Tompall Glaser (1933-2013) and The Glaser Brothers came to Music City in the early 1960s under the auspices of Marty Robbins and Johnny Cash... They sang backup on stage and in the studio for various artists before getting a shot at a 'solo' career in '66. They did alright, sneaking into the Top 30 with fair regularity, starting off as a folk-country trio, and gradually edging into a more classic country style. Then Tompall, the group's driving creative force, started getting a little bit weird, pioneering, in fact, the rebellious "outlaw" sound that Waylon & Willie & The Boys took to the bank later in the decade. The Glaser Brothers remained a lower-rung '60s/'70s Nashville act, but Tompall managed to be a notorious figure during the rebellious 'Seventies scene. Here's a quick look at his (and their) work...
Tompall Glaser & The Glaser Brothers "The Best Of..." (Collector's Choice, 2001)
A top-notch retrospective. This disc has got it all, from their soft-edged Nashville singles to their early '70s forays into an increasingly rough'n'tumble style. Notable here is their cover version of John Hartford's "Gentle On My Mind," a song that the Glasers invested in when they set up their own publishing house... When Glen Campbell took the tune to the top of the charts, the Glaser's struck gold, and then turned around to invest their profits in a recording studio, and it was the relaxed, rowdy atmosphere at "Hillbilly Central" that served as the incubation chamber for the young, druggie rebels that were challenging the conservatism of the Nashville establishment. You can hear the upside and the down of this new freedom: Tompall's rowdy, raunchy "Put Another Log On The Fire (The Male Chauvinist's National Anthem)" and the scary "Texas Law Sez" were early outlaw high points -- these are accompanied here by decidely lesser recordings, such as his drunken versions of "T For Texas" and "The Wild Side Of Life," which are a nice nod to tradition, but a little sad to listen to now. All in all, though, a great collection, revealing an important missing link between the old Nashville Sound and the new vigorousness that the freaks brought into the mix. Plus, there's thankfully very little overlap between this disc and the Bear Family collection reviewed below...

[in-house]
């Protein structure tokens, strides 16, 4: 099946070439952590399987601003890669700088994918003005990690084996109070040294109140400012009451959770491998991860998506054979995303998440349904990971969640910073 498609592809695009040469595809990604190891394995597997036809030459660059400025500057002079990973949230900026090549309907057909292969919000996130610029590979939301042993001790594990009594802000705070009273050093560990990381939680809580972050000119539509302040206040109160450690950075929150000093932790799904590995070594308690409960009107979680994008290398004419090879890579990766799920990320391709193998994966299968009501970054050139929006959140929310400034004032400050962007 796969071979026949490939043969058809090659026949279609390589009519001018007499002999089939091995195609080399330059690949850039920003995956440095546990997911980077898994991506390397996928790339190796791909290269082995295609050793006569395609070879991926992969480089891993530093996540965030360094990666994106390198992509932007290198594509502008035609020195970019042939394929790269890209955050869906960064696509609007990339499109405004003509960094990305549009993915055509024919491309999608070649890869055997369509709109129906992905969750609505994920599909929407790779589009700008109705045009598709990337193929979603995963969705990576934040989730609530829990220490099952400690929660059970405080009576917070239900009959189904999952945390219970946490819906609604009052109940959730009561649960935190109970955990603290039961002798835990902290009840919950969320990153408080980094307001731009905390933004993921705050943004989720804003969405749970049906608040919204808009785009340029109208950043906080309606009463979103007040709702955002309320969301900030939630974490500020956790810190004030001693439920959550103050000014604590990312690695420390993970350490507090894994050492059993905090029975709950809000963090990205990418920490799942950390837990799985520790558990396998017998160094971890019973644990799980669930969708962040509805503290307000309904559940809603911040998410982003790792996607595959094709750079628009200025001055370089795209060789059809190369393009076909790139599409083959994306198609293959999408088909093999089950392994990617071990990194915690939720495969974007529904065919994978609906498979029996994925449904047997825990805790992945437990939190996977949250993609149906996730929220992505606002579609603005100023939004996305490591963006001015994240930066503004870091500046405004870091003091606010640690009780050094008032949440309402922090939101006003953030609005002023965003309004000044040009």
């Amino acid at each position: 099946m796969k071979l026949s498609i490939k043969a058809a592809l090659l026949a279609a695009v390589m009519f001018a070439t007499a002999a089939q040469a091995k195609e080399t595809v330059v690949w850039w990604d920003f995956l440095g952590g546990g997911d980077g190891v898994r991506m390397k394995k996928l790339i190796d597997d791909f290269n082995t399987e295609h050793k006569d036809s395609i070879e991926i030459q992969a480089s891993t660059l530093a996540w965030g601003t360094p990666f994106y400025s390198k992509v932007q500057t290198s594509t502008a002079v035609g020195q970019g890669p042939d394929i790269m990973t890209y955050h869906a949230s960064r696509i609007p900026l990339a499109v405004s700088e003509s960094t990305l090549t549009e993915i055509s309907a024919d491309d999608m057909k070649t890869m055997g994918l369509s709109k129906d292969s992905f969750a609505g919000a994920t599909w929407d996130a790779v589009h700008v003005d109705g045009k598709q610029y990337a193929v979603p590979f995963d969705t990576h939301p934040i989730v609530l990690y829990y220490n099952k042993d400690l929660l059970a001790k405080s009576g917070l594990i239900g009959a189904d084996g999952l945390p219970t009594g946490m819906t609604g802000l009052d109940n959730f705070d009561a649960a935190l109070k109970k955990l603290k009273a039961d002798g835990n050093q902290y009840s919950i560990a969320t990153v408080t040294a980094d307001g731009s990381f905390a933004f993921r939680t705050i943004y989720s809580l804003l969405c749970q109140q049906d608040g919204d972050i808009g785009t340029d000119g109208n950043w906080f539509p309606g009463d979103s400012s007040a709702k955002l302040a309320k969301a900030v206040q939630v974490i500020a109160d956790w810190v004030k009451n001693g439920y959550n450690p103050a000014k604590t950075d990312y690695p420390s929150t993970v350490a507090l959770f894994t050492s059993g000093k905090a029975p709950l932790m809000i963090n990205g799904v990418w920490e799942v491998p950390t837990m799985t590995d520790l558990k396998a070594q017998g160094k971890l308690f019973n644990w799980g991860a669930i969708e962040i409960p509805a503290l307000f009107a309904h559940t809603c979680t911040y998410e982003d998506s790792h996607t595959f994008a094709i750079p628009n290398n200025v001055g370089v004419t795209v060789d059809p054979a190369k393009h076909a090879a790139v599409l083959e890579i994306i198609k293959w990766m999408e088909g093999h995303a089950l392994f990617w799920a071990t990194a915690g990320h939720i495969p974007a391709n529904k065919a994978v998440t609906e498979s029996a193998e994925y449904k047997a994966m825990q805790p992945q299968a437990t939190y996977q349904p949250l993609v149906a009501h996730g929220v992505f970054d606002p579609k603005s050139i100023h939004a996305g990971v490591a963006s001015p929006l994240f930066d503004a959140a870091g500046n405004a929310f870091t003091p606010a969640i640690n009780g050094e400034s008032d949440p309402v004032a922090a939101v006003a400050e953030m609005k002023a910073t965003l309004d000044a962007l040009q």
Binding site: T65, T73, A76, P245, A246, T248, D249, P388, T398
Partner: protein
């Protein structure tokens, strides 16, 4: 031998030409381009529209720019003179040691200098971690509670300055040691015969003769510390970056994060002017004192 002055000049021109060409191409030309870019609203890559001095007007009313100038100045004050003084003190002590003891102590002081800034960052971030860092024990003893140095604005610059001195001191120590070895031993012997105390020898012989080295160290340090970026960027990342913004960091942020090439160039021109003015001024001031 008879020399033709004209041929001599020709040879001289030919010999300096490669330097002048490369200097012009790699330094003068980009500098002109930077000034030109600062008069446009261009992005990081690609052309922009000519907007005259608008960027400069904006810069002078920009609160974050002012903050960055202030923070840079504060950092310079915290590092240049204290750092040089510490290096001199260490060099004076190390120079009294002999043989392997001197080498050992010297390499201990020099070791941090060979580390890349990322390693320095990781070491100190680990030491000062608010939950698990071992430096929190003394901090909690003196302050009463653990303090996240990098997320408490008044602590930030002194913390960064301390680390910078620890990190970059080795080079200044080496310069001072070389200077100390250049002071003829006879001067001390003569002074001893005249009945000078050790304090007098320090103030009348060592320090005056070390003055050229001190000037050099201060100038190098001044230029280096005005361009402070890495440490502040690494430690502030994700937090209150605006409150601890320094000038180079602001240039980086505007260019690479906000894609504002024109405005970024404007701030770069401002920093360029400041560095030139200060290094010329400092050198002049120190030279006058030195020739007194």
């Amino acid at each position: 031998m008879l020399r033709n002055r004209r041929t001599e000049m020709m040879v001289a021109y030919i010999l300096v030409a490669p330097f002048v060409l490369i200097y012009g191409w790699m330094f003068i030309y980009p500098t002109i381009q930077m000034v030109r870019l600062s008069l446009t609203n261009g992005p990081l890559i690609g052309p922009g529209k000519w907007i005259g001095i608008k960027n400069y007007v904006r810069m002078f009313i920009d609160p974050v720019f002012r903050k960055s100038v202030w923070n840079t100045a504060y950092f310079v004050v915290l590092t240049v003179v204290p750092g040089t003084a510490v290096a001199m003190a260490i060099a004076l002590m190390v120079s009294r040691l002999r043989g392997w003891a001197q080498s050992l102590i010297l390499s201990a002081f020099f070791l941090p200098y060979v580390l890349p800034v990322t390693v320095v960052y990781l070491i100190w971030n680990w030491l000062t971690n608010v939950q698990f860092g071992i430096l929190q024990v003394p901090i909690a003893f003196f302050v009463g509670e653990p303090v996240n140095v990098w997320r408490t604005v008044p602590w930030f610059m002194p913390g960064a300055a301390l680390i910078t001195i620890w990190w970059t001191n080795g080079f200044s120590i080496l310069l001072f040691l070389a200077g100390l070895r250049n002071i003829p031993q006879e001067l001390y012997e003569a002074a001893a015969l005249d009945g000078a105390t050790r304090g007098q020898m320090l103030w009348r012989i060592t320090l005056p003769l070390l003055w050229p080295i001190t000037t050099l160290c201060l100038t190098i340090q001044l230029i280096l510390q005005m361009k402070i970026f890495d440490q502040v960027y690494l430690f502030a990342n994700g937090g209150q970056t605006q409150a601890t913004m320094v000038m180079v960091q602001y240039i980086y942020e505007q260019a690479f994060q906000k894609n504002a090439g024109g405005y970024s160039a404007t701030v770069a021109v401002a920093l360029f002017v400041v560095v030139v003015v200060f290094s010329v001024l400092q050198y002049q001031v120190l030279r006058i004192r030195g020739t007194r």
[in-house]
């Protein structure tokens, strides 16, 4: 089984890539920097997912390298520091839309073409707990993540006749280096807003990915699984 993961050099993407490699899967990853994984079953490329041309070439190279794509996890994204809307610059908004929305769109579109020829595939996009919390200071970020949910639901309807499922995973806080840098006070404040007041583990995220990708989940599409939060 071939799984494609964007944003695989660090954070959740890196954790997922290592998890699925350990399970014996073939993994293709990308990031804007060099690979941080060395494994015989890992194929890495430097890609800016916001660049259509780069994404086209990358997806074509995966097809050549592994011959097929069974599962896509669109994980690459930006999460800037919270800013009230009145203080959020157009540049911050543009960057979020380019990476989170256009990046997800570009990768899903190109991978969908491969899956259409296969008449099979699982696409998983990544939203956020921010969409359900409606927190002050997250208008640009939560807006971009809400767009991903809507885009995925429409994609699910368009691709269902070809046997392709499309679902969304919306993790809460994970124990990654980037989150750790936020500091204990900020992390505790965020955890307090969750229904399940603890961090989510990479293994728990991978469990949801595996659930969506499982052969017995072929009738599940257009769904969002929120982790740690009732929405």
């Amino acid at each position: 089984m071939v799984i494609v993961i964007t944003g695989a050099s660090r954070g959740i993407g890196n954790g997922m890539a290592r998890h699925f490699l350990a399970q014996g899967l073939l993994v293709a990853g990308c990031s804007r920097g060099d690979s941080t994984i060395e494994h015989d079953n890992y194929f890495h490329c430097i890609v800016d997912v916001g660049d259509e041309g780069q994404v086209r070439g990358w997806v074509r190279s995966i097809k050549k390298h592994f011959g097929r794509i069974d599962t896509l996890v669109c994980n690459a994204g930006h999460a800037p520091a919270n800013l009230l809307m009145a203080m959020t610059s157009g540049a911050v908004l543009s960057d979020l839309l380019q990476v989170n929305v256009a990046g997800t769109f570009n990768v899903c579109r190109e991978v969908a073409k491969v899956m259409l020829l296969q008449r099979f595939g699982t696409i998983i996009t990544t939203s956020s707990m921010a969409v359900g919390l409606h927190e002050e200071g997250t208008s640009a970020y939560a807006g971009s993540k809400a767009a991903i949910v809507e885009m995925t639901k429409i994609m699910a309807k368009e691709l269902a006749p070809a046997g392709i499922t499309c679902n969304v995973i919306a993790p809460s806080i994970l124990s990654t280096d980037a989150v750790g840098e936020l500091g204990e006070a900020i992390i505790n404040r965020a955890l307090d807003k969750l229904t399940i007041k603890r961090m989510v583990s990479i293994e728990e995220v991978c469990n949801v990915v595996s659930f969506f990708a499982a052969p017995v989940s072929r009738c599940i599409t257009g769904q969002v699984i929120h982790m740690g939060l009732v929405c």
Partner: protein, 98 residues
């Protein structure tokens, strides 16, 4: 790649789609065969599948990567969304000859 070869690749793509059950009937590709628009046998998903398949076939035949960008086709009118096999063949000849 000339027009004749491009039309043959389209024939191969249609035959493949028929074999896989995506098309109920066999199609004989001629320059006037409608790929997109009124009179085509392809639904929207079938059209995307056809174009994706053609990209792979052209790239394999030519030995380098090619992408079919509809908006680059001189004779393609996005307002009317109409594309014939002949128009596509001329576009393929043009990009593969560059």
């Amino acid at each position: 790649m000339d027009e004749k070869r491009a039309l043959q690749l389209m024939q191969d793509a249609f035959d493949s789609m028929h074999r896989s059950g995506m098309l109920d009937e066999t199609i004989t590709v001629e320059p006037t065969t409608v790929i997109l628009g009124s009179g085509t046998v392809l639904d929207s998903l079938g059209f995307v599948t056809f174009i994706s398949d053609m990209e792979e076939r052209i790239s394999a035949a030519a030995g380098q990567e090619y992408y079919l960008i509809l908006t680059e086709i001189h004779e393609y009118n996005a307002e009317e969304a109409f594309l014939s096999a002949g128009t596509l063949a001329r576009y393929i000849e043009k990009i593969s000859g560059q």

Tompall Glaser "The Outlaw" (Bear Family, 1992)
What, exactly, constitutes an "outlaw" country record? A willingness to get drunk and/or stoned while recording, or a devotion to old-fashioned hillbilly tunes, when the rest of Nashville is going pop? In the 1970s, Tompall Glaser of the Glaser Brothers, possessed of modest vocal talent but a long track record as a sideman and a flash of stardom early in the decade, set up shop with his own production studio, Hillbilly Central, and played host to Waylon and Willie and the boys, and puffed a few as he recorded an album or two of his own. The thump of the bass is there, but for the most his perfromances on these songs are a bit lackluster; a pity, since there's some really interesting material to be heard, songs by Bill Chapell, Mickey Newbury, Jesse Colter and Bobby Charles, and other semi-marginal figures. An interesting footnote to both Glaser's commercial career and to the '70s "outlaw" scene, but ultimately -- as Glaser himself says in the liner notes -- not music you'd go back and listen to often. (Ironic note: Jimmy Bowen, who helped sculpt the sound of country pop in the '80s, came in to produce Glaser's first solo album on the ABC label, in 1977 -- one of Bowen's first big gigs in Nashville! )
Tompall Glaser "The Rogue" (Bear Family, 1992)
Tompall Glaser "My Notorious Youth" (Bear Family, 2006)
Tompall & The Glaser Brothers "Lovin' Her Was Easier (1981)/After All These Years (1982)" (Collector's Choice, 2006)